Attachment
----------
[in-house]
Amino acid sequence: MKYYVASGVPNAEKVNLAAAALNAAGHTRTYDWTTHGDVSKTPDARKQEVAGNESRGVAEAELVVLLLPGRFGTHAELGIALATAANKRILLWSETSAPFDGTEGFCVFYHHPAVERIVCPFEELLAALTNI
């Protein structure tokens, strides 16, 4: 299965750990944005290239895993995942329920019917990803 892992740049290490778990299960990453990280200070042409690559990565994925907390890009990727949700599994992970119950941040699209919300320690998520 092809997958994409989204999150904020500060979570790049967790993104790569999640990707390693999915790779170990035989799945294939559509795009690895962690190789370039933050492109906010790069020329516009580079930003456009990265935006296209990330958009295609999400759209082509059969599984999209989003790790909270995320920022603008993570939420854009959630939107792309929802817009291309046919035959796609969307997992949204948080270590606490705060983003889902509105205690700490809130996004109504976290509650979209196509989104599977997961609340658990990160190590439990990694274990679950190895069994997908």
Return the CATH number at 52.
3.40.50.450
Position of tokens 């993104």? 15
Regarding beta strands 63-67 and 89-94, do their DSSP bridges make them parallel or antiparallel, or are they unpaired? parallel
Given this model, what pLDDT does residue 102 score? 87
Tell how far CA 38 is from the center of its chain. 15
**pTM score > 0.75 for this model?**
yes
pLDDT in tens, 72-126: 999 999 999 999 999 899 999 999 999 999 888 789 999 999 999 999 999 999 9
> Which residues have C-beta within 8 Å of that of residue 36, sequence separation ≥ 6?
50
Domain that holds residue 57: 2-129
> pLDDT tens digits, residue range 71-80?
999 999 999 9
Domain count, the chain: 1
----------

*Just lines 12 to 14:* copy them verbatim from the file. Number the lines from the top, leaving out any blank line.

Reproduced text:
pLDDT in tens, 72-126: 999 999 999 999 999 899 999 999 999 999 888 789 999 999 999 999 999 999 9
> Which residues have C-beta within 8 Å of that of residue 36, sequence separation ≥ 6?
50